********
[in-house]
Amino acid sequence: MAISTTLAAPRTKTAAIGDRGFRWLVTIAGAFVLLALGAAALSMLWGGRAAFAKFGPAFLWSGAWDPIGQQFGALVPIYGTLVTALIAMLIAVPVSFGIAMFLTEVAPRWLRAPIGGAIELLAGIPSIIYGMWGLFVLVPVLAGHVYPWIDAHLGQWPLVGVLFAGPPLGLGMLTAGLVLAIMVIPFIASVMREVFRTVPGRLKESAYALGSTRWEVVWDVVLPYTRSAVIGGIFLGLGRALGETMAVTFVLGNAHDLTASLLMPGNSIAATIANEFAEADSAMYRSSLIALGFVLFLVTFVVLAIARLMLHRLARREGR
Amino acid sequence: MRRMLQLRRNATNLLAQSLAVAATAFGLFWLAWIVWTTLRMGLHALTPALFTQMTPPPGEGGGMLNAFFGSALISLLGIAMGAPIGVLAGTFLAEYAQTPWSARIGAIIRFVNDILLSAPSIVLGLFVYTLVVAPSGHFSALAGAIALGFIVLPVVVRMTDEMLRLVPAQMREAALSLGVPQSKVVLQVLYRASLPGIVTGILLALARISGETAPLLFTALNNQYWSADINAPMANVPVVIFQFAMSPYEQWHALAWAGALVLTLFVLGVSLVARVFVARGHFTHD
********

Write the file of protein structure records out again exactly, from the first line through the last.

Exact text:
[in-house]
Amino acid sequence: MAISTTLAAPRTKTAAIGDRGFRWLVTIAGAFVLLALGAAALSMLWGGRAAFAKFGPAFLWSGAWDPIGQQFGALVPIYGTLVTALIAMLIAVPVSFGIAMFLTEVAPRWLRAPIGGAIELLAGIPSIIYGMWGLFVLVPVLAGHVYPWIDAHLGQWPLVGVLFAGPPLGLGMLTAGLVLAIMVIPFIASVMREVFRTVPGRLKESAYALGSTRWEVVWDVVLPYTRSAVIGGIFLGLGRALGETMAVTFVLGNAHDLTASLLMPGNSIAATIANEFAEADSAMYRSSLIALGFVLFLVTFVVLAIARLMLHRLARREGR
Amino acid sequence: MRRMLQLRRNATNLLAQSLAVAATAFGLFWLAWIVWTTLRMGLHALTPALFTQMTPPPGEGGGMLNAFFGSALISLLGIAMGAPIGVLAGTFLAEYAQTPWSARIGAIIRFVNDILLSAPSIVLGLFVYTLVVAPSGHFSALAGAIALGFIVLPVVVRMTDEMLRLVPAQMREAALSLGVPQSKVVLQVLYRASLPGIVTGILLALARISGETAPLLFTALNNQYWSADINAPMANVPVVIFQFAMSPYEQWHALAWAGALVLTLFVLGVSLVARVFVARGHFTHD